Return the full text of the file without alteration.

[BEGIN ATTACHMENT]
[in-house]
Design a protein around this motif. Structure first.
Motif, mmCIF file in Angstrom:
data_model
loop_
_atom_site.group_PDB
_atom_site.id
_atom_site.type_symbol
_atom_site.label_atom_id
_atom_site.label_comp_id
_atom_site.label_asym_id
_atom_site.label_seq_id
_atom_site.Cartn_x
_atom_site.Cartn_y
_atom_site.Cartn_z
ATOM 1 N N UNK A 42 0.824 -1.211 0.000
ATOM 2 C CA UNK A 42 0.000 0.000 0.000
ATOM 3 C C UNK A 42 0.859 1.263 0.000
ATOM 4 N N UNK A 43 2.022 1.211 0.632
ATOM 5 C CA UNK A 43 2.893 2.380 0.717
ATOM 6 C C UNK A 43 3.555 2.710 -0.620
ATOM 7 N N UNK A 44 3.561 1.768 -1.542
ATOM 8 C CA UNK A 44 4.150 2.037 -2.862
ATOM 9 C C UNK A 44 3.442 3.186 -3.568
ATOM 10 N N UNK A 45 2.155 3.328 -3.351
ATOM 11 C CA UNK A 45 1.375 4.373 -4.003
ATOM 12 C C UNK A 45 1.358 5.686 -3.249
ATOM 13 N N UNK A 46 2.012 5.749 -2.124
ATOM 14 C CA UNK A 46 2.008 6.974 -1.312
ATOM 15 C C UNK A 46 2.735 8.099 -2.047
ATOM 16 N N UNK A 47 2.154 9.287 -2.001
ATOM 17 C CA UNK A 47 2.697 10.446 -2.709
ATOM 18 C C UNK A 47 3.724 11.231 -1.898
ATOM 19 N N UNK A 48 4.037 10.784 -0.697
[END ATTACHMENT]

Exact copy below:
[in-house]
Design a protein around this motif. Structure first.
Motif, mmCIF file in Angstrom:
data_model
loop_
_atom_site.group_PDB
_atom_site.id
_atom_site.type_symbol
_atom_site.label_atom_id
_atom_site.label_comp_id
_atom_site.label_asym_id
_atom_site.label_seq_id
_atom_site.Cartn_x
_atom_site.Cartn_y
_atom_site.Cartn_z
ATOM 1 N N UNK A 42 0.824 -1.211 0.000
ATOM 2 C CA UNK A 42 0.000 0.000 0.000
ATOM 3 C C UNK A 42 0.859 1.263 0.000
ATOM 4 N N UNK A 43 2.022 1.211 0.632
ATOM 5 C CA UNK A 43 2.893 2.380 0.717
ATOM 6 C C UNK A 43 3.555 2.710 -0.620
ATOM 7 N N UNK A 44 3.561 1.768 -1.542
ATOM 8 C CA UNK A 44 4.150 2.037 -2.862
ATOM 9 C C UNK A 44 3.442 3.186 -3.568
ATOM 10 N N UNK A 45 2.155 3.328 -3.351
ATOM 11 C CA UNK A 45 1.375 4.373 -4.003
ATOM 12 C C UNK A 45 1.358 5.686 -3.249
ATOM 13 N N UNK A 46 2.012 5.749 -2.124
ATOM 14 C CA UNK A 46 2.008 6.974 -1.312
ATOM 15 C C UNK A 46 2.735 8.099 -2.047
ATOM 16 N N UNK A 47 2.154 9.287 -2.001
ATOM 17 C CA UNK A 47 2.697 10.446 -2.709
ATOM 18 C C UNK A 47 3.724 11.231 -1.898
ATOM 19 N N UNK A 48 4.037 10.784 -0.697